“Creative Salvage” is the movement name retroactively applied to the early productions of Israeli-born, London-based architect-designer Ron Arad, together with Tom Dixon, Mark Brazier-Jones, and André Dubreuil, who all worked by hand with found, rough-hewn, and welded materials in London in the 1980s. Arad’s Horns series marked a crucial step for the designer, away from readymade assemblages toward increasingly refined fabrications—while still exemplifying the post industrial, punk rock spirit of this unique moment in design history.
French ceramic artist Valentine Schlegel was considered a rather obscure figure of 20th-century design culture until around 2017, when a retrospective was organized by the CAC Brétigny in Paris. The show coalesced an enthusiastic new generation of admirers around Schlegel’s unique and spirited work, which included ceramic vessels, wooden utensils, leather bags, plaster fireplaces, and the interior of her Parisian home, produced over the course of her five-decade career before she passed away in 2021 at the age of 96. Schlegel created this Freeform Tripod Coffee Table for her home in 1986. It stands today as a testament to her aptitude for sculptural, organic forms, the reflection of which can be seen in the contemporary work of Rogan Gregory and Simone Bodmer-Turner, among others.
As noted above, the early work of French-born, London-based ‘‘Poet of Iron’’ André Dubreuil has been grouped in with the “Creative Salvage” movement. In this era, the self-taught ironworker embraced a rough-and-ready, brutalistic aesthetic. But unlike his contemporaries, he also played with historicist forms to surreal effect. Dubreuil’s Paris series—unveiled in his debut gallery show organized by Yves Gastou in 1988—revisits 18th and 19th-century furniture traditions, rendered entirely in metal and emblazoned with leopard-like spots.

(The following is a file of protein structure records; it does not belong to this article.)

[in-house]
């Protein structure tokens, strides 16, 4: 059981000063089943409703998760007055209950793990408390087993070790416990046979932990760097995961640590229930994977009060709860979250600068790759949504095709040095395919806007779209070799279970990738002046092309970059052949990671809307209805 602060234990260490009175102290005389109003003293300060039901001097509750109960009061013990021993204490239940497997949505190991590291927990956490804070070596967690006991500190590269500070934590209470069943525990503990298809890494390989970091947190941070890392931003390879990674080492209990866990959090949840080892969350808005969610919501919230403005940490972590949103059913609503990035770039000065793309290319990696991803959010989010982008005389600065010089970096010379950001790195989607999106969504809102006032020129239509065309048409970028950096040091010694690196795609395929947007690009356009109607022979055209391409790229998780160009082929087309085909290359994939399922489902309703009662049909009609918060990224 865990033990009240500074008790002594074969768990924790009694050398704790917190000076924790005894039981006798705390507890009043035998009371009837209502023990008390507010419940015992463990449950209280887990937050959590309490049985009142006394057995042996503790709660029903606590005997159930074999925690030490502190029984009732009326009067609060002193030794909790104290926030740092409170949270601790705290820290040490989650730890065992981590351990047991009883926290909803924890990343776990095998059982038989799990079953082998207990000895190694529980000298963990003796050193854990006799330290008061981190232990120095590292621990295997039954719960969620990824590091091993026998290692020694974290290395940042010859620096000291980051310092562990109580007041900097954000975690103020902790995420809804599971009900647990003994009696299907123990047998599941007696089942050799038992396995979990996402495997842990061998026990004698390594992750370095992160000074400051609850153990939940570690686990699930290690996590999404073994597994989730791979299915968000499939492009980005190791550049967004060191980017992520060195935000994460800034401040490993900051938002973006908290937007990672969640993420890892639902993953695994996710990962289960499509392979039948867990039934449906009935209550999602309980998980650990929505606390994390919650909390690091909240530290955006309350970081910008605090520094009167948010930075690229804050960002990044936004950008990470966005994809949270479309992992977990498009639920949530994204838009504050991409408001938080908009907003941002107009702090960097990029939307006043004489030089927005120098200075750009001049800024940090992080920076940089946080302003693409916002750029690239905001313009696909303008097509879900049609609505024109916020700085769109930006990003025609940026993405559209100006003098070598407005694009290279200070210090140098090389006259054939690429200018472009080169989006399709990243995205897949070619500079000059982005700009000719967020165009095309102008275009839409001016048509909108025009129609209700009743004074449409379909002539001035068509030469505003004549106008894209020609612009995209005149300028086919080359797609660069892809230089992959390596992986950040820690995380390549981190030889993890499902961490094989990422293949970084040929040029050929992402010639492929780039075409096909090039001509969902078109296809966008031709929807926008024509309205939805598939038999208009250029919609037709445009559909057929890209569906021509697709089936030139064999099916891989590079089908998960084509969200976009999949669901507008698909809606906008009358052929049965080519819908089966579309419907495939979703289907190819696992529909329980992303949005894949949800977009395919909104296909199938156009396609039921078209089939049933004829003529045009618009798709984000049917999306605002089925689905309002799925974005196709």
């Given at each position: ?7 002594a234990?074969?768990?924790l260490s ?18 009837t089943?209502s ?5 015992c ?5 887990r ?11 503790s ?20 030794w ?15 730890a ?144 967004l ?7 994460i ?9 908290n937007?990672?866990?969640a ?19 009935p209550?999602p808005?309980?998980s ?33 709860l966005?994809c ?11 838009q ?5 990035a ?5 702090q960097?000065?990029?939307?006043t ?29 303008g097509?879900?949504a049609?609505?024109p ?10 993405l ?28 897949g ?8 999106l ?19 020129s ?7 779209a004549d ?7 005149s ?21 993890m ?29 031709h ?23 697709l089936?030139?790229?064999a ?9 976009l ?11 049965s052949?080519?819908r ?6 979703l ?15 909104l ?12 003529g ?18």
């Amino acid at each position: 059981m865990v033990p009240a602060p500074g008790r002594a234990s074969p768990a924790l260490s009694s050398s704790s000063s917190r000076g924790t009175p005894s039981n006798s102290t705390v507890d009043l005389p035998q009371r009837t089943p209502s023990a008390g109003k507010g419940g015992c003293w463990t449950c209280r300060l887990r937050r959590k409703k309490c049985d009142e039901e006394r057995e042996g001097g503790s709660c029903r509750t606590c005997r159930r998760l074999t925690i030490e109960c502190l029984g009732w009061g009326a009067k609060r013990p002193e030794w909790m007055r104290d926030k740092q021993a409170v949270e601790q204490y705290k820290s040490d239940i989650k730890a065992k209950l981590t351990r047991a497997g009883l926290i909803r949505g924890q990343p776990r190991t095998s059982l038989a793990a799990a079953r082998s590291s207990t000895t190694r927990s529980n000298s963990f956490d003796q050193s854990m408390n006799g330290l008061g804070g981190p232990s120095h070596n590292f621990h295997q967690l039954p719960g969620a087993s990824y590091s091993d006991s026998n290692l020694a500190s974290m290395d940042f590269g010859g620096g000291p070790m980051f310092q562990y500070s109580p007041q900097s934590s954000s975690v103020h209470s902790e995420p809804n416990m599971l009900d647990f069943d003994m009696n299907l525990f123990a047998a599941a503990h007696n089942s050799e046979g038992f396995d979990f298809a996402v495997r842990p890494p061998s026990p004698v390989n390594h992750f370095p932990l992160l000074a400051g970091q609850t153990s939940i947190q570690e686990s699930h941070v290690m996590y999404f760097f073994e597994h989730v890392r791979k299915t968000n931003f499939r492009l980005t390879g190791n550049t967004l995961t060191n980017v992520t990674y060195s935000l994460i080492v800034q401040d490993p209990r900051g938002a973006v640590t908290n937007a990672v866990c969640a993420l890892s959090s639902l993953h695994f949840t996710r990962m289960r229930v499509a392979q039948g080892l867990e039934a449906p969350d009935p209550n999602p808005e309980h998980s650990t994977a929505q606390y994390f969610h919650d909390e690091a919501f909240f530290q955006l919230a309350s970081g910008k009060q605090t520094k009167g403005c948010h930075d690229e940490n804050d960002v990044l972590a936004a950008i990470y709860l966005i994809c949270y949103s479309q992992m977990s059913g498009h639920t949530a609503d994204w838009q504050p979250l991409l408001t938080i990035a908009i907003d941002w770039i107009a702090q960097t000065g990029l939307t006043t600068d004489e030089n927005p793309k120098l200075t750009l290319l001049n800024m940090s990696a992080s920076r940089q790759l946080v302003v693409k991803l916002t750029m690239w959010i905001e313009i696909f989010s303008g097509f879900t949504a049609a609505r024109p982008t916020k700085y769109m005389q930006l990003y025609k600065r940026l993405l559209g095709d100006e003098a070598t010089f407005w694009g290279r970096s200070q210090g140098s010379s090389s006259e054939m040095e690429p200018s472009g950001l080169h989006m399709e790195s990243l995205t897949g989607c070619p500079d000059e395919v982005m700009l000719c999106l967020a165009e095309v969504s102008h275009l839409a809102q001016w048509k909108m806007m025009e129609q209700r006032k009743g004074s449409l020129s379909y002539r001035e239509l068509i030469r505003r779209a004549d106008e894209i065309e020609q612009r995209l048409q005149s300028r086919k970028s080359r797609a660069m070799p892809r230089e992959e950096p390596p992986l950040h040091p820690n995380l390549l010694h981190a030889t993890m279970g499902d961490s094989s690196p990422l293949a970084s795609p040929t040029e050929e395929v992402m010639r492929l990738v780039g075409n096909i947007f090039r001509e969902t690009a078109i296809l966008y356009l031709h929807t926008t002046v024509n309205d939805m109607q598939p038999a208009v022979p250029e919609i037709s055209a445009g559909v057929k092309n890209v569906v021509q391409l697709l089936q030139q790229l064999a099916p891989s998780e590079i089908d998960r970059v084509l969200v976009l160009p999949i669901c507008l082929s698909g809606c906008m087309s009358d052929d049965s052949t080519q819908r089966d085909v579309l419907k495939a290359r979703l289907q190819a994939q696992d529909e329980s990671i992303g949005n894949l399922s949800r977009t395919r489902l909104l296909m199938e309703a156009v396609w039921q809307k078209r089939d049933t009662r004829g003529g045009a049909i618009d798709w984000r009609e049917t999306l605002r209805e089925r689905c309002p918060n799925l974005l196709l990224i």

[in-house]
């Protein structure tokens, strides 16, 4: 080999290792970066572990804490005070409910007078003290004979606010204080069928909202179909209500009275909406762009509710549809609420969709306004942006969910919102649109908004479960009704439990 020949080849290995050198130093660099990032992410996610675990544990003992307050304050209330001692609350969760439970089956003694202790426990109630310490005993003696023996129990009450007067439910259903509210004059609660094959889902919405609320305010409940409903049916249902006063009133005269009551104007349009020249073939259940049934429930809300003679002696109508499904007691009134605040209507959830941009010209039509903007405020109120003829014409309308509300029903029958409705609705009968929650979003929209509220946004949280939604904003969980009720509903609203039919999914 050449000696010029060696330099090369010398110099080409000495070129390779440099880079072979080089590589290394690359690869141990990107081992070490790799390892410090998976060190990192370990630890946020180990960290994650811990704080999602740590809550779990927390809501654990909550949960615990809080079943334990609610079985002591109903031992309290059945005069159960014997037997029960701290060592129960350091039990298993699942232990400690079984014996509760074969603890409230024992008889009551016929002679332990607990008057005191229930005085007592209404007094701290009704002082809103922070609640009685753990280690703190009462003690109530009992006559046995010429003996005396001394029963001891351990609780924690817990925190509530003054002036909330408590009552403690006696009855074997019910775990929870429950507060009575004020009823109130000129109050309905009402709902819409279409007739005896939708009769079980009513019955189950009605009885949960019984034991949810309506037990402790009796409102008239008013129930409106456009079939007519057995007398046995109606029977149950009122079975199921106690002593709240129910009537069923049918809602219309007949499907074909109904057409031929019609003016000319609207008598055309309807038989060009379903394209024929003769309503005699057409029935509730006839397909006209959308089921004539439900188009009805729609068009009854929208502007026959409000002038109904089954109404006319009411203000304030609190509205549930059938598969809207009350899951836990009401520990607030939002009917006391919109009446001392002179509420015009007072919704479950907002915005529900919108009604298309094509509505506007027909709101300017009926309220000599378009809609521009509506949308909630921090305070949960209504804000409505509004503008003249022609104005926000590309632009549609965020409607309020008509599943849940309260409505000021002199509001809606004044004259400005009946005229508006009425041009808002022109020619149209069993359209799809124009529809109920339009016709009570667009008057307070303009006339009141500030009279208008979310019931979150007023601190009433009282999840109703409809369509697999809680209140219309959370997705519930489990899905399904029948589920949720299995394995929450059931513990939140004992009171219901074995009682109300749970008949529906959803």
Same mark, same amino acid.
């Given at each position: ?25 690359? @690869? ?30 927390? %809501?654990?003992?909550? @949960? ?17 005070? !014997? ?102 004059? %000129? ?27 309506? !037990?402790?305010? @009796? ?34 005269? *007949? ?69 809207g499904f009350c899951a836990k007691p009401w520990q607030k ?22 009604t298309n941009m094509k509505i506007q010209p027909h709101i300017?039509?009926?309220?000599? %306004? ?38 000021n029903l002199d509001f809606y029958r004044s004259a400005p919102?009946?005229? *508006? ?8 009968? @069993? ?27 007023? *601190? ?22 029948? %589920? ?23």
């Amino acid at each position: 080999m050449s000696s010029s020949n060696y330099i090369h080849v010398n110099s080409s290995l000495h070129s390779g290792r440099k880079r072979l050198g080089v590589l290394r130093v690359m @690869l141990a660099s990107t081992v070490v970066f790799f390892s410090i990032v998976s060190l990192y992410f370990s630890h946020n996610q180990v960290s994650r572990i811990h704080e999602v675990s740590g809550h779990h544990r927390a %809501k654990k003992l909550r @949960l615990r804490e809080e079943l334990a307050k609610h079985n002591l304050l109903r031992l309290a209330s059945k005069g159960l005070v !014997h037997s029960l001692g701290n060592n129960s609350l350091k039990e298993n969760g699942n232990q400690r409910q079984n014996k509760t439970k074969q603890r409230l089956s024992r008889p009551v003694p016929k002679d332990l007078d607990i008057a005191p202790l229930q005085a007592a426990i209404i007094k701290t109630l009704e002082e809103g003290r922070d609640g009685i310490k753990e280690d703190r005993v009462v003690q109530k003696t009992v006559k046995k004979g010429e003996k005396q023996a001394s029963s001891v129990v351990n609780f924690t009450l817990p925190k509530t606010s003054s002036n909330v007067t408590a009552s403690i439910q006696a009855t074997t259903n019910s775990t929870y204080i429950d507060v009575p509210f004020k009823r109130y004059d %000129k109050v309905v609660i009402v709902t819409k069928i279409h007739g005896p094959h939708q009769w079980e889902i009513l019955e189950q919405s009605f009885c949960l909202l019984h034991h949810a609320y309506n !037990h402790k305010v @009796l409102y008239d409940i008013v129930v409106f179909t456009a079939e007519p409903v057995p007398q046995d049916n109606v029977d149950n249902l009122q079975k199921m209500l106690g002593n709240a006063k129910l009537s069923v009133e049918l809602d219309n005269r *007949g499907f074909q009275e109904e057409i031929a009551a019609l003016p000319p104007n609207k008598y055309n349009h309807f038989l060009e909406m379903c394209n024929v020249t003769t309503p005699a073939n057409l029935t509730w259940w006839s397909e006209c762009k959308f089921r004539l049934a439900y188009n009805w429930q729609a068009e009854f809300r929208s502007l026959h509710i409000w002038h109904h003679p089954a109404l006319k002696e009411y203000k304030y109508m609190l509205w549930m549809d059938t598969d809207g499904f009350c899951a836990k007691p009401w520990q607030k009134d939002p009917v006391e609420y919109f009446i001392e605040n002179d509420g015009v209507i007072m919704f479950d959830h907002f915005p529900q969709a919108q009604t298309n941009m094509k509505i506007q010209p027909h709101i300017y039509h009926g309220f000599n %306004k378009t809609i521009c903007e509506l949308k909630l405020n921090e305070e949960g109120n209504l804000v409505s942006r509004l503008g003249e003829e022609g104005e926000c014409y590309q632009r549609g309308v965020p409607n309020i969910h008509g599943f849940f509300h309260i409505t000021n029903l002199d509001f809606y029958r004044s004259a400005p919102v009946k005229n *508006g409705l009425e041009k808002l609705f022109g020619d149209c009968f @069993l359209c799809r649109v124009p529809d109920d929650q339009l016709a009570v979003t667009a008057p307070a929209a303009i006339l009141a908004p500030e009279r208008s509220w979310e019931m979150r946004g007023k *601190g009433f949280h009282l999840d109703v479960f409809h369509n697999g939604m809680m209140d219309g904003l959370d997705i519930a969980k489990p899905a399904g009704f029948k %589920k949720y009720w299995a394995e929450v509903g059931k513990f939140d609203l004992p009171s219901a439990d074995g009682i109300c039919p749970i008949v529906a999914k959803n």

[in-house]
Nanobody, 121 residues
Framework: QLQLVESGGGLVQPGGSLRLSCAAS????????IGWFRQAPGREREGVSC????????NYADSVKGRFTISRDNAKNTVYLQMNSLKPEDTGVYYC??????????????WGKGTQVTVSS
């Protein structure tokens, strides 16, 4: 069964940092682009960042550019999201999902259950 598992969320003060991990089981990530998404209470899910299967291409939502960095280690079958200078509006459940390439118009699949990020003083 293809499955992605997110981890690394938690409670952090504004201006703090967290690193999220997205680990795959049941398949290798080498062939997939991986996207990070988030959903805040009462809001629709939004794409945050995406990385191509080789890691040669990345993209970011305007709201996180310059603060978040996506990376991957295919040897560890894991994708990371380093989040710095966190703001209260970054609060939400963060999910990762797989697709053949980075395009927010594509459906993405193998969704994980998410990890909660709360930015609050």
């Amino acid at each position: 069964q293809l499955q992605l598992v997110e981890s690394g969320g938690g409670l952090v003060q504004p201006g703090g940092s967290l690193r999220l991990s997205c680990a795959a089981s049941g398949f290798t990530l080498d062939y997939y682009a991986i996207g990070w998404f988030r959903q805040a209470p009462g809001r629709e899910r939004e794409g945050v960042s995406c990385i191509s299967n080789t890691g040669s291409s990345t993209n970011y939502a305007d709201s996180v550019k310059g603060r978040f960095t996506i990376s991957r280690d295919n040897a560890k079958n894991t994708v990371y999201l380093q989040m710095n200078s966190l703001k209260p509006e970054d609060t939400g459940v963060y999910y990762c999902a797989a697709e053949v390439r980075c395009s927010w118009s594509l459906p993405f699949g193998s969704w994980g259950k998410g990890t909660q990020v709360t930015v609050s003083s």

French interior designer Élisabeth Garouste and Swiss artist-designer Mattia Bonetti joined forces in Paris in the early 1980s and became influential proponents in the era’s “art furniture” movement. The duo quickly attracted representation from Galerie Néotù as well as buzzworthy commissions, like the restaurant of the legendary Paris nightclub Le Palace. Their Corbeille Sofa showcases their talent for creating sumptuous, exquisitely crafted conversation pieces that command attention through striking theatricality.
Brazilian brothers Fernando and Humberto Campana rose to international prominence in the late 1980s through a series of delightful design objects that took upcycling to an expected new level, elevating everyday and found materials to treasured works of art. Inspired by the improvised constructions of working-class neighborhoods around São Paulo, the Campanas’ now iconic Favela Armchair is composed of hundreds of simple, wooden laths nailed and glued at odd angles to form the seat, back, and legs of this surprisingly comfortable chair.
Italian-born, Paris-based visual artist Pucci De Rossi in the 1980s and ’90s was represented by the legendary Galerie Néotù and specialized in crafting whimsical, historicist, and occasionally kitschy designs that straddled the line between furniture and sculpture. Exuding a joyful charm, his work in these years often incorporated unexpected details. This piece, for example, can lean upright against a wall like a bookcase, or lie supine on the floor like a table. Alongside others mentioned in this roundup, his work was spotlighted in the Musée des Arts Décoratifs’ recent exhibition, Années 80. ◆
The 17th edition of Design Miami/ Basel is open to the public through June 18, 2023. Tickets are available for purchase online here.